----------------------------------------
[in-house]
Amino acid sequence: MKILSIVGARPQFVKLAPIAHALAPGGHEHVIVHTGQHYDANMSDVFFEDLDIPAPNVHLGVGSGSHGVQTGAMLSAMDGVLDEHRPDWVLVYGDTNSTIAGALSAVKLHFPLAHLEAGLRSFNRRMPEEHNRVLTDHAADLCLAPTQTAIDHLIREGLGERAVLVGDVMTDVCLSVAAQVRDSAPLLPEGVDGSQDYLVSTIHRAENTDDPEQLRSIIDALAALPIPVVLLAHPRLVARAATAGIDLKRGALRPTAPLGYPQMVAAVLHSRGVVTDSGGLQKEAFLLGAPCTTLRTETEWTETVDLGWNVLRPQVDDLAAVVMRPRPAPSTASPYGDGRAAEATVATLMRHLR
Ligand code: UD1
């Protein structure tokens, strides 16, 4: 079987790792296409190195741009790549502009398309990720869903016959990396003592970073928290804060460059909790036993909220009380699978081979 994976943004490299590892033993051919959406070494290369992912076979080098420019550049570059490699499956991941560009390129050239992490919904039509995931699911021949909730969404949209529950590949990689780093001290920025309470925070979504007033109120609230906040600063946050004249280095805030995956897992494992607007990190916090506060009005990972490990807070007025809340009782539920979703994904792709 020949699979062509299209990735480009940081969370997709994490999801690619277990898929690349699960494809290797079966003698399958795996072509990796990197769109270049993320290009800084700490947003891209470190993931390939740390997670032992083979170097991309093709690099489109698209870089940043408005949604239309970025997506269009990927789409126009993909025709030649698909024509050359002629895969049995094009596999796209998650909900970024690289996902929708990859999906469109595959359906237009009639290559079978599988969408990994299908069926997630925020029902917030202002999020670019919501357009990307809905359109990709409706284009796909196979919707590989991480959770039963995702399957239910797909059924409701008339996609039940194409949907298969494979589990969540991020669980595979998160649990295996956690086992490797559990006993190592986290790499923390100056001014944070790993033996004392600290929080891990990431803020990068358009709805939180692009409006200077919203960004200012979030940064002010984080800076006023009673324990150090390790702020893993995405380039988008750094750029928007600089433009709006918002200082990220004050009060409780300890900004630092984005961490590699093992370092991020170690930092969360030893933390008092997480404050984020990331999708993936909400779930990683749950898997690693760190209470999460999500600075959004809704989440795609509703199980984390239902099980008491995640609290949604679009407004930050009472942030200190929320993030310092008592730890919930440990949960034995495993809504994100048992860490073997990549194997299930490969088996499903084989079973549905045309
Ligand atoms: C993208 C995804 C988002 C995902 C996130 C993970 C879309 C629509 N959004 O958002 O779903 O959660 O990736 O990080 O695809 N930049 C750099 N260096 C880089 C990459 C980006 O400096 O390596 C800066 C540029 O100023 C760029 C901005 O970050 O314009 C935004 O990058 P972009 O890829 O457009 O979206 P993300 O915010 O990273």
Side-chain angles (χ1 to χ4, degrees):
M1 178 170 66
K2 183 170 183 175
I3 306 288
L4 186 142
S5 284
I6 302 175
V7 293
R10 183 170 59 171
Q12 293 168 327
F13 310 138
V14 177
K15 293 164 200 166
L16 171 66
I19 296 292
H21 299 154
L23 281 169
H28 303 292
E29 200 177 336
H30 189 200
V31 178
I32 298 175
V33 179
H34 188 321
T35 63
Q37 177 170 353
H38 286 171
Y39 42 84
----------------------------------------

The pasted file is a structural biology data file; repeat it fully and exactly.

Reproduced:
[in-house]
Amino acid sequence: MKILSIVGARPQFVKLAPIAHALAPGGHEHVIVHTGQHYDANMSDVFFEDLDIPAPNVHLGVGSGSHGVQTGAMLSAMDGVLDEHRPDWVLVYGDTNSTIAGALSAVKLHFPLAHLEAGLRSFNRRMPEEHNRVLTDHAADLCLAPTQTAIDHLIREGLGERAVLVGDVMTDVCLSVAAQVRDSAPLLPEGVDGSQDYLVSTIHRAENTDDPEQLRSIIDALAALPIPVVLLAHPRLVARAATAGIDLKRGALRPTAPLGYPQMVAAVLHSRGVVTDSGGLQKEAFLLGAPCTTLRTETEWTETVDLGWNVLRPQVDDLAAVVMRPRPAPSTASPYGDGRAAEATVATLMRHLR
Ligand code: UD1
């Protein structure tokens, strides 16, 4: 079987790792296409190195741009790549502009398309990720869903016959990396003592970073928290804060460059909790036993909220009380699978081979 994976943004490299590892033993051919959406070494290369992912076979080098420019550049570059490699499956991941560009390129050239992490919904039509995931699911021949909730969404949209529950590949990689780093001290920025309470925070979504007033109120609230906040600063946050004249280095805030995956897992494992607007990190916090506060009005990972490990807070007025809340009782539920979703994904792709 020949699979062509299209990735480009940081969370997709994490999801690619277990898929690349699960494809290797079966003698399958795996072509990796990197769109270049993320290009800084700490947003891209470190993931390939740390997670032992083979170097991309093709690099489109698209870089940043408005949604239309970025997506269009990927789409126009993909025709030649698909024509050359002629895969049995094009596999796209998650909900970024690289996902929708990859999906469109595959359906237009009639290559079978599988969408990994299908069926997630925020029902917030202002999020670019919501357009990307809905359109990709409706284009796909196979919707590989991480959770039963995702399957239910797909059924409701008339996609039940194409949907298969494979589990969540991020669980595979998160649990295996956690086992490797559990006993190592986290790499923390100056001014944070790993033996004392600290929080891990990431803020990068358009709805939180692009409006200077919203960004200012979030940064002010984080800076006023009673324990150090390790702020893993995405380039988008750094750029928007600089433009709006918002200082990220004050009060409780300890900004630092984005961490590699093992370092991020170690930092969360030893933390008092997480404050984020990331999708993936909400779930990683749950898997690693760190209470999460999500600075959004809704989440795609509703199980984390239902099980008491995640609290949604679009407004930050009472942030200190929320993030310092008592730890919930440990949960034995495993809504994100048992860490073997990549194997299930490969088996499903084989079973549905045309
Ligand atoms: C993208 C995804 C988002 C995902 C996130 C993970 C879309 C629509 N959004 O958002 O779903 O959660 O990736 O990080 O695809 N930049 C750099 N260096 C880089 C990459 C980006 O400096 O390596 C800066 C540029 O100023 C760029 C901005 O970050 O314009 C935004 O990058 P972009 O890829 O457009 O979206 P993300 O915010 O990273």
Side-chain angles (χ1 to χ4, degrees):
M1 178 170 66
K2 183 170 183 175
I3 306 288
L4 186 142
S5 284
I6 302 175
V7 293
R10 183 170 59 171
Q12 293 168 327
F13 310 138
V14 177
K15 293 164 200 166
L16 171 66
I19 296 292
H21 299 154
L23 281 169
H28 303 292
E29 200 177 336
H30 189 200
V31 178
I32 298 175
V33 179
H34 188 321
T35 63
Q37 177 170 353
H38 286 171
Y39 42 84